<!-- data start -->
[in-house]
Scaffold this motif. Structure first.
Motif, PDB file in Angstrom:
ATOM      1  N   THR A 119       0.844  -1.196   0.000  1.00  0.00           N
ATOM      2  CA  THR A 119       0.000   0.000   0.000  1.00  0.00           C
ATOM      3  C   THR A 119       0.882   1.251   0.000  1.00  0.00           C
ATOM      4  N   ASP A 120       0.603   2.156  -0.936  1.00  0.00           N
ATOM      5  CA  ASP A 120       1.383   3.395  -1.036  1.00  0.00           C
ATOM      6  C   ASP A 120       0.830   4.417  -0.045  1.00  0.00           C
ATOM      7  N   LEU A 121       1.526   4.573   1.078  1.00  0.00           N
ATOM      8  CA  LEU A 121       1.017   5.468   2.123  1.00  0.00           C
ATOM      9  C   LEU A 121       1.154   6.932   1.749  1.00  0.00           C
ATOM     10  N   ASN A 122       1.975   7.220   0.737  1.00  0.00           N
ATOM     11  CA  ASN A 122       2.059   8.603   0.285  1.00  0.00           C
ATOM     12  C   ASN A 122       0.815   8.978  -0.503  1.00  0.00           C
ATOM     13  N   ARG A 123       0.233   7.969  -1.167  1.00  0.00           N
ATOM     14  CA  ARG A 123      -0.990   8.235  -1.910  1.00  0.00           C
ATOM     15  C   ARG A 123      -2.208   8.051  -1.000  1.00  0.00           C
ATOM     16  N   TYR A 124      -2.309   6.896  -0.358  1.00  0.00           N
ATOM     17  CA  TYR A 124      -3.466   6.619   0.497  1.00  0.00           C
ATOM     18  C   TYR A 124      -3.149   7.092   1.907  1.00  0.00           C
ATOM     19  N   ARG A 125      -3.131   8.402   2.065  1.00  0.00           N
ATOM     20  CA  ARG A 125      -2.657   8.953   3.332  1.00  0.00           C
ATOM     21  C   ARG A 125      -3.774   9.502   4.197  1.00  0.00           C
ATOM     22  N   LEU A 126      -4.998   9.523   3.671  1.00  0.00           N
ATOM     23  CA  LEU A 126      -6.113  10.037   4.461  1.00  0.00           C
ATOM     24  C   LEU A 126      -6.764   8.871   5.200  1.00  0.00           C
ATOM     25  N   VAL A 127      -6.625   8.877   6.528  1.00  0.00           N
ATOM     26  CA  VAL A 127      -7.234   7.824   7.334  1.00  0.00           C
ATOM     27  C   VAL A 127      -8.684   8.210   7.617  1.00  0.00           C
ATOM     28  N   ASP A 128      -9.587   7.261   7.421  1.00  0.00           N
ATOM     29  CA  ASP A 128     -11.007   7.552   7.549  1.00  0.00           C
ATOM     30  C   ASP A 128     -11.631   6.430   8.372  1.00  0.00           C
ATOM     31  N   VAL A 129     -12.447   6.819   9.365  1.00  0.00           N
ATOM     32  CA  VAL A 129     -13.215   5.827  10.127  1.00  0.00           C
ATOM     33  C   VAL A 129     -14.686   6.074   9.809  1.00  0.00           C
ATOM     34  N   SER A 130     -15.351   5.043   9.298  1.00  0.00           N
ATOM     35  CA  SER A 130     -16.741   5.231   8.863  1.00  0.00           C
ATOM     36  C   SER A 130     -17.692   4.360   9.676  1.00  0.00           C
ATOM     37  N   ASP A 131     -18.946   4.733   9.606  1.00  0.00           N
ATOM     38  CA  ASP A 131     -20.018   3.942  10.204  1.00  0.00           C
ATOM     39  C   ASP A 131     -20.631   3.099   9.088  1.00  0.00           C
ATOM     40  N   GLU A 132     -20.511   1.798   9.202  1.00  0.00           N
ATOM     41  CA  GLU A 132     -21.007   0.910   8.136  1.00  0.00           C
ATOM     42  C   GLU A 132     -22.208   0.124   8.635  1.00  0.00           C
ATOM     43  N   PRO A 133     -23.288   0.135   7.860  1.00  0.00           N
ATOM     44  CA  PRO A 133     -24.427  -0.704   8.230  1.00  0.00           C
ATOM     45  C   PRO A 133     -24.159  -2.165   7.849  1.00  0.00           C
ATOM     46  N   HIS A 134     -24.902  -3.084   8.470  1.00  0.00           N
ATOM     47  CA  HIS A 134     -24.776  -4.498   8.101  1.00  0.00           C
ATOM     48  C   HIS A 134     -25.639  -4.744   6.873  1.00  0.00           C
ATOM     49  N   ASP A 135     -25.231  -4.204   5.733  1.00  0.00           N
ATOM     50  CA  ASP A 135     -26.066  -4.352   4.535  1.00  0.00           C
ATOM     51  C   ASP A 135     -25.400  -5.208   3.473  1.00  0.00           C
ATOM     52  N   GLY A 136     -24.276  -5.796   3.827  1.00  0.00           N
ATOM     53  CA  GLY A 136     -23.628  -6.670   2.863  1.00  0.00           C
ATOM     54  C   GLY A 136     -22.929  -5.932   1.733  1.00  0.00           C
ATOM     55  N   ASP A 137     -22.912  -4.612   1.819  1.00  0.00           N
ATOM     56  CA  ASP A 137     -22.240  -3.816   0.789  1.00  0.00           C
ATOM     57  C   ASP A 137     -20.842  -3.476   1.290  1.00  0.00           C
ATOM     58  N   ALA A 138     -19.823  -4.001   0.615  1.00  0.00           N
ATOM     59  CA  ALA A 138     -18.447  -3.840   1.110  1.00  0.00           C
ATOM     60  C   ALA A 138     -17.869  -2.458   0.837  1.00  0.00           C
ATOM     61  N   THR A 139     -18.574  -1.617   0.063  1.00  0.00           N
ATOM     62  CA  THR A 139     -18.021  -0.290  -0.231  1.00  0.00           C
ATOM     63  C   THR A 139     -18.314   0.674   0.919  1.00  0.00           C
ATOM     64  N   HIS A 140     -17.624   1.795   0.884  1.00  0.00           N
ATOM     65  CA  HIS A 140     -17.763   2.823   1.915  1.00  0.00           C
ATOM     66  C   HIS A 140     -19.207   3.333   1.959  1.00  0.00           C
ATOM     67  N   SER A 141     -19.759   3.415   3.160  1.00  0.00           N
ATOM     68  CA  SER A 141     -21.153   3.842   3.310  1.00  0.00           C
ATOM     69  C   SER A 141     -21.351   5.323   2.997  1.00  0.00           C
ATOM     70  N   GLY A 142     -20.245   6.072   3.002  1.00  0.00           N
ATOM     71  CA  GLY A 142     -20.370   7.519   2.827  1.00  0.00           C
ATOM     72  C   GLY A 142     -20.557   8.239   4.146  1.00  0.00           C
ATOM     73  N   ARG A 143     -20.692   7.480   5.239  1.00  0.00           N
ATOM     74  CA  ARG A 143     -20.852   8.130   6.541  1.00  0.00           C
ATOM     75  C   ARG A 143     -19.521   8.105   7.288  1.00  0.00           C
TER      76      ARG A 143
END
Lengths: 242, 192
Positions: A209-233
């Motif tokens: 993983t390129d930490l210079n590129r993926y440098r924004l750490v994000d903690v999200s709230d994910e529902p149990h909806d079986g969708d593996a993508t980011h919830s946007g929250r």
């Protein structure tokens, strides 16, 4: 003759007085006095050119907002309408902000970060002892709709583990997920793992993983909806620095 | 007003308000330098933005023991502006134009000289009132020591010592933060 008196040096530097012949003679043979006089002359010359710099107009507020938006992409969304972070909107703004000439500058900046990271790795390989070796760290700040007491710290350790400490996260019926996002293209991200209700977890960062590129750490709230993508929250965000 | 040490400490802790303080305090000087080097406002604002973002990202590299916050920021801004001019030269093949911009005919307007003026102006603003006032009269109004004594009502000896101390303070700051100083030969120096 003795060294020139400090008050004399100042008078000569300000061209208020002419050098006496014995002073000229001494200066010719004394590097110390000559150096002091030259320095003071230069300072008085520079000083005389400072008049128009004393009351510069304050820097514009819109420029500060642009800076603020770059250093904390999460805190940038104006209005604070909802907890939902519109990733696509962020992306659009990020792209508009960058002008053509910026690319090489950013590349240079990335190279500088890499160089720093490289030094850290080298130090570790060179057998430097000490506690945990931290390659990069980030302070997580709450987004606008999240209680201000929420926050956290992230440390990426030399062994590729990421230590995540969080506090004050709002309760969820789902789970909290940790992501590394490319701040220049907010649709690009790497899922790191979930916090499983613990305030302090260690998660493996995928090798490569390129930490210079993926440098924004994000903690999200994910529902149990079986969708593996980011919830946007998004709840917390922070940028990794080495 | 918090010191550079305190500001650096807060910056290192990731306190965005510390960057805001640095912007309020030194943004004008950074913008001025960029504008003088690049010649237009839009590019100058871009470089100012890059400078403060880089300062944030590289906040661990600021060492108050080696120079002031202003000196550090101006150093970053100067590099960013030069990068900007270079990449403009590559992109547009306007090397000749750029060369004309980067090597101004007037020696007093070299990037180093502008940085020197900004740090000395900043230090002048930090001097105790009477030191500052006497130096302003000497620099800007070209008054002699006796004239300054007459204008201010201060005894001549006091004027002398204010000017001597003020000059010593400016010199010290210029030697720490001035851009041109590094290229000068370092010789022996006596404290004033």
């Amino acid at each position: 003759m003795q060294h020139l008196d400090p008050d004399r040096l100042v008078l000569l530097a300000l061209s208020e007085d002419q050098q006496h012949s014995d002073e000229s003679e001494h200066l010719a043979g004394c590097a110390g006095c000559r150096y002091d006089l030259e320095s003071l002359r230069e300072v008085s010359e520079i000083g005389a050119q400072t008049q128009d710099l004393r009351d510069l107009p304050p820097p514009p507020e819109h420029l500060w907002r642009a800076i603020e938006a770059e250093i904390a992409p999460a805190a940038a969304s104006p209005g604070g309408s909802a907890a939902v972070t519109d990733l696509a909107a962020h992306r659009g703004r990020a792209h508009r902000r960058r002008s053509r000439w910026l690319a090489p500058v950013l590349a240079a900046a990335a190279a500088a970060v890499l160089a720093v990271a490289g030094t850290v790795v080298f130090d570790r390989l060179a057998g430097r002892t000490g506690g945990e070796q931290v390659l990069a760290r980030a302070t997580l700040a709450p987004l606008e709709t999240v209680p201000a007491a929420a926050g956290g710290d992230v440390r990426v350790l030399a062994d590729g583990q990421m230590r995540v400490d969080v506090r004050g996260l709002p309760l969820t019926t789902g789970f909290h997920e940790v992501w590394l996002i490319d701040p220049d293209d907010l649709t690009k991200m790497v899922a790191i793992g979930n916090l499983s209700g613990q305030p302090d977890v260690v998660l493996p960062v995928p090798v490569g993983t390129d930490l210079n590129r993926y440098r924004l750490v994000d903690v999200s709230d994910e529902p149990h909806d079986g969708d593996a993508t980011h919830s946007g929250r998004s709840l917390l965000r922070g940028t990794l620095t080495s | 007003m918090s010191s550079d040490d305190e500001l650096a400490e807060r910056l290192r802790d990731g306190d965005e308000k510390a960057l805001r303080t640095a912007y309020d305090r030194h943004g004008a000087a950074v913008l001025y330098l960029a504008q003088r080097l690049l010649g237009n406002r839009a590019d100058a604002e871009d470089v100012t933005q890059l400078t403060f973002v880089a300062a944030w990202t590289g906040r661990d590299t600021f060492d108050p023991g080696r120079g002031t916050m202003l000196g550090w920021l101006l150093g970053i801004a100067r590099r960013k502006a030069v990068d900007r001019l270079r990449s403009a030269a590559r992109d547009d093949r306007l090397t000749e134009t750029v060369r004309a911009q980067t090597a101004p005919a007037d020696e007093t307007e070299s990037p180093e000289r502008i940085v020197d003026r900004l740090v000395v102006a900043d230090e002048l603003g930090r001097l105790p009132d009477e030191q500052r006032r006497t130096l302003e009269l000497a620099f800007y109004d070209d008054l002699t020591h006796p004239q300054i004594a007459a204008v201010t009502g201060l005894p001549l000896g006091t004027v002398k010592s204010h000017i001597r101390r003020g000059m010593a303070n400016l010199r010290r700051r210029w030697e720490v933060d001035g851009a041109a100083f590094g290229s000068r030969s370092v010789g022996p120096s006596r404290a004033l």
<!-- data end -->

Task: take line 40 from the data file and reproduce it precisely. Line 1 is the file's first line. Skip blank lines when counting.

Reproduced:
ATOM     37  N   ASP A 131     -18.946   4.733   9.606  1.00  0.00           N